The illustrations were equally great.

    No prize, though. The answer was in the back. I guess his publisher decided that the gimmick hadn't worked out for _Maze_. I stapled the back page shut, and spent a summer working on it. Wound up discovering a solution, but it was kind of strained, and it wasn't the one the author listed.

  2. Serhei says:

    You shouldn't be trying to actually solve Maze! Everyone knows that the real puzzle is trying to turn the rooms into a floor plan of an actual house. (Of course, if you ever got around to turning the floor plan into a real building you'd have to decide what's behind the camera in all the pictures.)

  3. Andrew Plotkin says:

    So hard to get building permits for the bottomless pit.

  4. Stephen says:

    For Online Hypertext version with working image map,
    go to
    Replace 'german' with 'english' in the address

    There are at least three other MAZE hypertext versions in addition to the original listed above.
    they are: --adapted by John Baily, and;
    --and; --adapted by Bea and Rob

  5. Andrew Plotkin says:

    Thanks for the note about image-maps. I'm dumb for not noticing that problem when I linked _Maze_ in my puzzle page.

    The site appears to just display with original (with broken image maps) with an added sidebar with a room index.

    I like the site -- better, more recent scans. (Where by "more recent" I mean "bigger". The original 1996 version was formatted for tiny bandwidth and tiny screens.) The hotspot display is nice, and cleverly avoids, how shall I put it, giving away too much. :)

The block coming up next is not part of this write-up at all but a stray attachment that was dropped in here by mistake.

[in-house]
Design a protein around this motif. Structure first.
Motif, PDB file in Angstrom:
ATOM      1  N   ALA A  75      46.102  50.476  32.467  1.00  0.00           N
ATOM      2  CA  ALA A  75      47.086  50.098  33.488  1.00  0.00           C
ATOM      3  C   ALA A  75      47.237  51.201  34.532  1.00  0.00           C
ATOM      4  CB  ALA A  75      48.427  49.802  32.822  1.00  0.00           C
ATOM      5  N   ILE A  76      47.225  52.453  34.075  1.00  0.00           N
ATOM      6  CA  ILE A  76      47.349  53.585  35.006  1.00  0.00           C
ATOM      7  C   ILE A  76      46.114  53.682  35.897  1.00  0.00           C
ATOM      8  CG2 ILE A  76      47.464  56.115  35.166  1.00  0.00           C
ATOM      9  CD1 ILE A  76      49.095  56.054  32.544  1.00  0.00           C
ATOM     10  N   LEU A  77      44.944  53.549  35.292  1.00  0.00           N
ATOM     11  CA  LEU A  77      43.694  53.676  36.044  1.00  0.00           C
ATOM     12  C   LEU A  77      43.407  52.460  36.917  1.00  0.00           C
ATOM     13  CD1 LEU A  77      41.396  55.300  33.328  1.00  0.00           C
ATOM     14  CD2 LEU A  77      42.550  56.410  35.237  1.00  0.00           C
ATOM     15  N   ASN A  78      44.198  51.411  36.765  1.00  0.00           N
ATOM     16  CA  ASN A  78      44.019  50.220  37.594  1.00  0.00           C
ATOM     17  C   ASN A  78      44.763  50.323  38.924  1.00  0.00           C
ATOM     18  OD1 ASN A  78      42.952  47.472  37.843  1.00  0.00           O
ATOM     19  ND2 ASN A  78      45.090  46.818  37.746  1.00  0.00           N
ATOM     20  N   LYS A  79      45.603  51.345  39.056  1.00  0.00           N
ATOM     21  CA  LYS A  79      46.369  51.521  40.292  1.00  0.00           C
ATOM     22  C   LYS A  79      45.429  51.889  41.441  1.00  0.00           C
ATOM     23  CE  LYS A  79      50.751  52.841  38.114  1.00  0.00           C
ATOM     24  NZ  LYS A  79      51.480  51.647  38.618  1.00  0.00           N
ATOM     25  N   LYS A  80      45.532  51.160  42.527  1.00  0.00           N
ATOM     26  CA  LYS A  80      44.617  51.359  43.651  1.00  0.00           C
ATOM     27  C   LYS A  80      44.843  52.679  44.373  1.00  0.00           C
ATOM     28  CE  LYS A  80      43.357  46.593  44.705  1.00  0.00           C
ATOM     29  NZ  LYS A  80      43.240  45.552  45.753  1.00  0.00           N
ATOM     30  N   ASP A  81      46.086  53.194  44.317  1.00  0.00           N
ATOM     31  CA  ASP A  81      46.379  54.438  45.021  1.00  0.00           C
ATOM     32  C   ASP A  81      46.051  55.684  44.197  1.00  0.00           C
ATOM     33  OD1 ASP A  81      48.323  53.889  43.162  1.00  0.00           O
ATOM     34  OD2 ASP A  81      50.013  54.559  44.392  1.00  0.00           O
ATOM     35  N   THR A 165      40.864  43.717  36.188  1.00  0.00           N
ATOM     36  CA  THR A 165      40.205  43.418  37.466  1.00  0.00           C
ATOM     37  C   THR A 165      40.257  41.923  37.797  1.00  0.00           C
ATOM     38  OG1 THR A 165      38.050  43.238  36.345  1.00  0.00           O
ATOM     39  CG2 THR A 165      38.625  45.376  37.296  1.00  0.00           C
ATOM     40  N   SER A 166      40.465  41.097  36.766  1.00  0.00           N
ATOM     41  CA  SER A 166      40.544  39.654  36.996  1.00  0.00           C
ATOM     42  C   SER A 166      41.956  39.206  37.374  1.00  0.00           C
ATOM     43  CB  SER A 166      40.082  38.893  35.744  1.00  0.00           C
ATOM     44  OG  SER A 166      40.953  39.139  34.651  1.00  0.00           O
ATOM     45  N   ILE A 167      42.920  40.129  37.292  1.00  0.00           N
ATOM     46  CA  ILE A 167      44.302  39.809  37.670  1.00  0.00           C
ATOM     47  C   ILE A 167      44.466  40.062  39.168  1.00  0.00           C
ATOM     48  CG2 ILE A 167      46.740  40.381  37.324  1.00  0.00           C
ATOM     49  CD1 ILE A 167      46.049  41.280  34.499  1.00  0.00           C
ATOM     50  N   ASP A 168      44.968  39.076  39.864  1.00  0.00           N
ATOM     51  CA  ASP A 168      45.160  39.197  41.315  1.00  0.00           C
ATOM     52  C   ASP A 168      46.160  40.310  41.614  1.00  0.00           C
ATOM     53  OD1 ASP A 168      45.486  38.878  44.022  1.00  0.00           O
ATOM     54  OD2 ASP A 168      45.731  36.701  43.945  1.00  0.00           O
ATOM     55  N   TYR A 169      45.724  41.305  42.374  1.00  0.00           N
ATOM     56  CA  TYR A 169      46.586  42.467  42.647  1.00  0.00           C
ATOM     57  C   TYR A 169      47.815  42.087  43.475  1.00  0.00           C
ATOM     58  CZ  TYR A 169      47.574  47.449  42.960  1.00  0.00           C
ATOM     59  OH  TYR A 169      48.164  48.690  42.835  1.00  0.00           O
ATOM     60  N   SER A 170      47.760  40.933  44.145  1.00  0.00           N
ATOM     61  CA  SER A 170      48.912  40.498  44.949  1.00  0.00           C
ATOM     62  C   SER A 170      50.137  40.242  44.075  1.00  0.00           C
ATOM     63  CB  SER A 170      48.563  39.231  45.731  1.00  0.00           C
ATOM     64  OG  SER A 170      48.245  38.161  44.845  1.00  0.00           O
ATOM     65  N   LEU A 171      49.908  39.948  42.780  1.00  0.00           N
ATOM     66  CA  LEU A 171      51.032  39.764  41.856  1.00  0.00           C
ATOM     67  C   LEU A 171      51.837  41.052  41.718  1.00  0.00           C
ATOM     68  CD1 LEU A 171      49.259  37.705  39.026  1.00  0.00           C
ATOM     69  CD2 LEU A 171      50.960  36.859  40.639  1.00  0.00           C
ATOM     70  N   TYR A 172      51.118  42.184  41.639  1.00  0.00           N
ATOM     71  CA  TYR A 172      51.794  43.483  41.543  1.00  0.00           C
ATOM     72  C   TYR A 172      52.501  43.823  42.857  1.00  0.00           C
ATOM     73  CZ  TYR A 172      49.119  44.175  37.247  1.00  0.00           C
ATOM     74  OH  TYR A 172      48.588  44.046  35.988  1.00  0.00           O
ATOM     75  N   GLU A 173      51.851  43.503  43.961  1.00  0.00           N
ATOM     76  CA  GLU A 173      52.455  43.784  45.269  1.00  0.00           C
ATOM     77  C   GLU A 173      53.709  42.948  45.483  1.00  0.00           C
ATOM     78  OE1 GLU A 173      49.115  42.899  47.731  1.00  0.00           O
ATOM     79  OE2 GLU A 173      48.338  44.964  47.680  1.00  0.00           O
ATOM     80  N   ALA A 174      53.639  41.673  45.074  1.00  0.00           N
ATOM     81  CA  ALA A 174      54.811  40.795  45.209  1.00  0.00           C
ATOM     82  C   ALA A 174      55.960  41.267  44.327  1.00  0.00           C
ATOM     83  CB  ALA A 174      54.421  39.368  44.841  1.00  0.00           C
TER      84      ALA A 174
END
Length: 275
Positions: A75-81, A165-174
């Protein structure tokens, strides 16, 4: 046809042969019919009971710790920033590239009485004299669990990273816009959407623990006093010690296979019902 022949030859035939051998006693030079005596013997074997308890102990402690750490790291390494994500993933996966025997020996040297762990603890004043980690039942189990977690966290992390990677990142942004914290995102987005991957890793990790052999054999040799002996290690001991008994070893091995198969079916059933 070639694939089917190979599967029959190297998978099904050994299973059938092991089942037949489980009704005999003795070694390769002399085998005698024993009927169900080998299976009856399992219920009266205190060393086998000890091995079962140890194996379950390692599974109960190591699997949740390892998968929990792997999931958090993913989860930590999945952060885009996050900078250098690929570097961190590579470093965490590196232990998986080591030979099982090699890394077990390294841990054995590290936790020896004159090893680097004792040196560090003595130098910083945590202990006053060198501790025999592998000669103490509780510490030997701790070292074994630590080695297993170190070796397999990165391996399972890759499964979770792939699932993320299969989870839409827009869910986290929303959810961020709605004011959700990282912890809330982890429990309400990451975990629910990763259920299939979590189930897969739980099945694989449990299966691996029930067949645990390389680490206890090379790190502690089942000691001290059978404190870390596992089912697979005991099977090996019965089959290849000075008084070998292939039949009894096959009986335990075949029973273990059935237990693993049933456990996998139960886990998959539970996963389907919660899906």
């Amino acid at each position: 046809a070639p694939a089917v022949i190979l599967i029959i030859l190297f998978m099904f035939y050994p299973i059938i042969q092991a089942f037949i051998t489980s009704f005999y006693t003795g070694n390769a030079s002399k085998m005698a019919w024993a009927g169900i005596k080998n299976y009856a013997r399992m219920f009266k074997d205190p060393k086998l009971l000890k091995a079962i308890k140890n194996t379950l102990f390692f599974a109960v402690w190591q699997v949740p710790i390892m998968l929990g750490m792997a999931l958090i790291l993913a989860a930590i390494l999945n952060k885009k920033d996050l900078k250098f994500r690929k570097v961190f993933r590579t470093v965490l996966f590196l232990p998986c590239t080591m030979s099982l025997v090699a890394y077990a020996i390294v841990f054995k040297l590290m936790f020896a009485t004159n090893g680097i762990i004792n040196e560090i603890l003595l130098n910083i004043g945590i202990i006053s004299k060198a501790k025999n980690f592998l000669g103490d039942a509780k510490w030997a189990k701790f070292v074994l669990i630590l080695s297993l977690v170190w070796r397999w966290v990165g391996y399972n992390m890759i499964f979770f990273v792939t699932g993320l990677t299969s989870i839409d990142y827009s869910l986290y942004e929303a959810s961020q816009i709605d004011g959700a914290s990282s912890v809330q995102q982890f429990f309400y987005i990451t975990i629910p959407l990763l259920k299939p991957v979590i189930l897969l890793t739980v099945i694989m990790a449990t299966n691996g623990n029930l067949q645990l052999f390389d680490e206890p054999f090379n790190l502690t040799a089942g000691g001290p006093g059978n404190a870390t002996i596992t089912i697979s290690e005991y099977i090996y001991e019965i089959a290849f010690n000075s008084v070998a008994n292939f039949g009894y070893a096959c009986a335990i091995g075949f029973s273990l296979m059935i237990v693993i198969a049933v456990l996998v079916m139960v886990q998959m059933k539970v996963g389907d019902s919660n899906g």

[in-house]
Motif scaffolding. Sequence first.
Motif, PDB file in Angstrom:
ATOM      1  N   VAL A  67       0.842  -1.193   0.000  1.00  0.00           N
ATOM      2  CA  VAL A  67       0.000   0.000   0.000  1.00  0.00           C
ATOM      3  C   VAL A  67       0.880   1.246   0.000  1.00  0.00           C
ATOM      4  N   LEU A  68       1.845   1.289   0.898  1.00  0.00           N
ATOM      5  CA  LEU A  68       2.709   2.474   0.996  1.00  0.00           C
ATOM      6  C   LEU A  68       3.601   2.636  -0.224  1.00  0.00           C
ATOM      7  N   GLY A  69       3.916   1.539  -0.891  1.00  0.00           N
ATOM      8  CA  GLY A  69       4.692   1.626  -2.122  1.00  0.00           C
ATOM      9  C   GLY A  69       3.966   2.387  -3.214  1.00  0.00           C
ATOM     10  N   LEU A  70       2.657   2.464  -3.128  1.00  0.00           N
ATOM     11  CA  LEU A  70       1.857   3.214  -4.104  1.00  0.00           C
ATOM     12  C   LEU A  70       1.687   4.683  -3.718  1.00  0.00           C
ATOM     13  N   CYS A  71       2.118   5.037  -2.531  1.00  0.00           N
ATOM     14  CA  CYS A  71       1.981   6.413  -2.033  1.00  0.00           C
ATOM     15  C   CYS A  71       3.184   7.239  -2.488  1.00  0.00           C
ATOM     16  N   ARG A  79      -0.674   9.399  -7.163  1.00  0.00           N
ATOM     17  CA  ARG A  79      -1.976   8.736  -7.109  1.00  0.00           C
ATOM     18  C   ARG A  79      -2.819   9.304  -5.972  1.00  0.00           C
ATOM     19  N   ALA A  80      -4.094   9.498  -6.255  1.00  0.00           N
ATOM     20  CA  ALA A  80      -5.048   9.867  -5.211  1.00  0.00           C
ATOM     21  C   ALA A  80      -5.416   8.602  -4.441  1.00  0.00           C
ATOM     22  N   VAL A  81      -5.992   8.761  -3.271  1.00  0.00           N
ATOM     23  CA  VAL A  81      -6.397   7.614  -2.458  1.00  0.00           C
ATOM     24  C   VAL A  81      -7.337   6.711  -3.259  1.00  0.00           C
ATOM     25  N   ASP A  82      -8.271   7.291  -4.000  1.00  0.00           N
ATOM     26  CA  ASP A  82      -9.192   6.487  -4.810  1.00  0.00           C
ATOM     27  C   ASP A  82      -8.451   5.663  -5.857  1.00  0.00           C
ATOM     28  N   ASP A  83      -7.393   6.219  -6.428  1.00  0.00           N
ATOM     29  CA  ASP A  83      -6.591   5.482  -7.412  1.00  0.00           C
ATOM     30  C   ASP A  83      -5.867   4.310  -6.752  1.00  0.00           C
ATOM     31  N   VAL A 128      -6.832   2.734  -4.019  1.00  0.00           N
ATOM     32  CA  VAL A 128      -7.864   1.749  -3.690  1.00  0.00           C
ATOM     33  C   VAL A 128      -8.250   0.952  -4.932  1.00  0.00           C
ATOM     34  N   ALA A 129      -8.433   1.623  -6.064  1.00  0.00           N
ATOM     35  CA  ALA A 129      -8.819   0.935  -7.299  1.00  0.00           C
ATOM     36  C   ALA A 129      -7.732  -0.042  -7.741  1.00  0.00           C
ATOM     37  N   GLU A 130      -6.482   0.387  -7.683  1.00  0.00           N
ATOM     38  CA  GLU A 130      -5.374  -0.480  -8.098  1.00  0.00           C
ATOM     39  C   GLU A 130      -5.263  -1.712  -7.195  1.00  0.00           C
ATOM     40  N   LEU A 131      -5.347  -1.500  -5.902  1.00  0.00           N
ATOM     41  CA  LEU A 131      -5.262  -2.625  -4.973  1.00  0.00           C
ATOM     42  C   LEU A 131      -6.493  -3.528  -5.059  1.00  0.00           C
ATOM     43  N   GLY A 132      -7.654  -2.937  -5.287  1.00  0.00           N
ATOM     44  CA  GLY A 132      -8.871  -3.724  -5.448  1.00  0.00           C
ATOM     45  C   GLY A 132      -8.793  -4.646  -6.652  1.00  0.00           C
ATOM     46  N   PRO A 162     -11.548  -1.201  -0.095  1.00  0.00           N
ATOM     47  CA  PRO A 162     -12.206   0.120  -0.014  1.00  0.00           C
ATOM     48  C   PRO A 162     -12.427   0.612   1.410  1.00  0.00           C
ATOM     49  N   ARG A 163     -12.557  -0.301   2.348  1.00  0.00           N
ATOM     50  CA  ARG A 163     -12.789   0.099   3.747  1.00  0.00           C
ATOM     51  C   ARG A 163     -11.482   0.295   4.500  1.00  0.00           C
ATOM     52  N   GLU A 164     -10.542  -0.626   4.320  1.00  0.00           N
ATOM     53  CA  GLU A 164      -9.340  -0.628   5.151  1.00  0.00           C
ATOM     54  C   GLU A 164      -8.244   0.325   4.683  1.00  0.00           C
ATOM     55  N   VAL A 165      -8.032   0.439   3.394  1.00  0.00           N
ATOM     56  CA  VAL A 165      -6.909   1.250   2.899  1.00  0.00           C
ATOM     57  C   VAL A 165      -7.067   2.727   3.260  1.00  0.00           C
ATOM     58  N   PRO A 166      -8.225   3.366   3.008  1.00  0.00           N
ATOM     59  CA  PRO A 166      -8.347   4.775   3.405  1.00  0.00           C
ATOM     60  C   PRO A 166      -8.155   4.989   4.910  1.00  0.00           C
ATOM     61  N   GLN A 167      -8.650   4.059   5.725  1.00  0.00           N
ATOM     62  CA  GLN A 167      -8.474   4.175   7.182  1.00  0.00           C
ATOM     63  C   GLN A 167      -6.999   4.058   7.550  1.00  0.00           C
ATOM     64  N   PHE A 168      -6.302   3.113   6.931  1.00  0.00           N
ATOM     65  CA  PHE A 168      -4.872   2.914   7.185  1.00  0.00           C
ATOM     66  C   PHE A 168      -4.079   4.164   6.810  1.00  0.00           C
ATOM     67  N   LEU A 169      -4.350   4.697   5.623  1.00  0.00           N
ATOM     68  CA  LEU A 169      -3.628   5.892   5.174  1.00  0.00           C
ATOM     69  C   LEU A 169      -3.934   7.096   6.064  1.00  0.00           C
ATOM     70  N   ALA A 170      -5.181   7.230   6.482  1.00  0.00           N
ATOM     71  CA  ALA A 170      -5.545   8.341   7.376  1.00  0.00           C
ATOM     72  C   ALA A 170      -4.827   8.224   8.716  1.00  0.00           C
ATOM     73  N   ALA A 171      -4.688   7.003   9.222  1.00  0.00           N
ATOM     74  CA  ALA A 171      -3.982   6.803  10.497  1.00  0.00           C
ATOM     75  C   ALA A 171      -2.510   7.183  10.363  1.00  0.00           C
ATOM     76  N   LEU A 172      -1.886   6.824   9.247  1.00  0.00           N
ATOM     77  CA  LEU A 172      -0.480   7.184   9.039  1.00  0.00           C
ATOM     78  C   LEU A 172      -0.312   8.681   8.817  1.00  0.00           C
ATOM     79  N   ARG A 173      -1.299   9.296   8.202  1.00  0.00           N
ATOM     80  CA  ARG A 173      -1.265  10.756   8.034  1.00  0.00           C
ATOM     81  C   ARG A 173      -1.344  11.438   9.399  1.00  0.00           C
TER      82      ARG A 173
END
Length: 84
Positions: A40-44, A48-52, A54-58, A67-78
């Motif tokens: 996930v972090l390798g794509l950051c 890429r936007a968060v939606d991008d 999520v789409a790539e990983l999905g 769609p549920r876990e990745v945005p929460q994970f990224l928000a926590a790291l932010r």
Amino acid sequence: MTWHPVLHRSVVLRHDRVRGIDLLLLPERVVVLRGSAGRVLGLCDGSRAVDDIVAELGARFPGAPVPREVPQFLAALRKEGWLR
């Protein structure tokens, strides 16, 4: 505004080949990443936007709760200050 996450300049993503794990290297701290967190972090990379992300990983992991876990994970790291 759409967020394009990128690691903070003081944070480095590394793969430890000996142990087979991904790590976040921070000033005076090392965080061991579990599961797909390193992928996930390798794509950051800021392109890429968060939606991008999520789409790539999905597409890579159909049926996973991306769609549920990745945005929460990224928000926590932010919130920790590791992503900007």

The athanon site is a nice layout, but uses the same old (small) gifs as the original.

  6. John Bailey says:

    On March 28, 2008 Stephen said:
    There are at least three other MAZE hypertext versions in addition to the original listed above.
    they are: --adapted by John Bailey

    That URL is now:

  7. Andrew Plotkin says:

    Thanks for the update.

  8. Jason says:

    You didn't mention Christopher Manson's third puzzle book, "The Rails I Tote." Rather than a single puzzle, it's a book of 30-odd puzzles. Each consists of an illustration of a spoonerism, with an accompanying 1-page short story. The challenge is to figure out what the spoonerism is. E.g. if he illustrates keys and parrots, the answer is "peas and carrots." Like The Practical Alchemist, the answers are all in the back of the book, but like Mr. Plotkin, I've kept the answers hidden...and I still work on them occasionally, about 15 years after buying the book!

  9. Andrew Plotkin says:

    That, I'm sure, is because I never heard of _The Rails I Tote_. I was buying these books long before the Web, and I never thought of doing a search later on.

    I'll look for it. Thanks.

  10. Jim says:

    So, does anyone have the solution to the Maze???

  11. Andrew Plotkin says:

    I'm sure it's out in the Webworld somewhere. But for the record, I'll type in exactly the slip of paper I received when the contest ended:



    What house will all live in?

    Like Atlas, you bear it upon your shoulders.
    (The World-Earth-The Globe)

  12. Dave G says:

    Here is a complete walkthrough of all the rooms in the Maze:

  13. Dave G says:

    Here is a complete walkthrough of all the rooms in the Maze:

  14. White Raven says:

    I am a long term fan of Christopher Manson's MAZE. I just launched (today) a site dedicated to book where fans can come together and work out solutions to the various puzzles. I also have information about Manson's other works and everything I could find about the genre of puzzles invented by Manson, which I have dubbed the Immersive Visual Puzzle. The address is

  15. Andrew Plotkin says:

    For the benefit of posterity, I've posted scans of the clue letter and the solution letter that I got after entering the contest. (Needless to say, my solution was incomplete -- I only had the first part.)

Leave a Reply

Your email address will not be published. Required fields are marked *


You may use these HTML tags and attributes: <a href="" title=""> <abbr title=""> <acronym title=""> <b> <blockquote cite=""> <cite> <code> <del datetime=""> <em> <i> <q cite=""> <strike> <strong>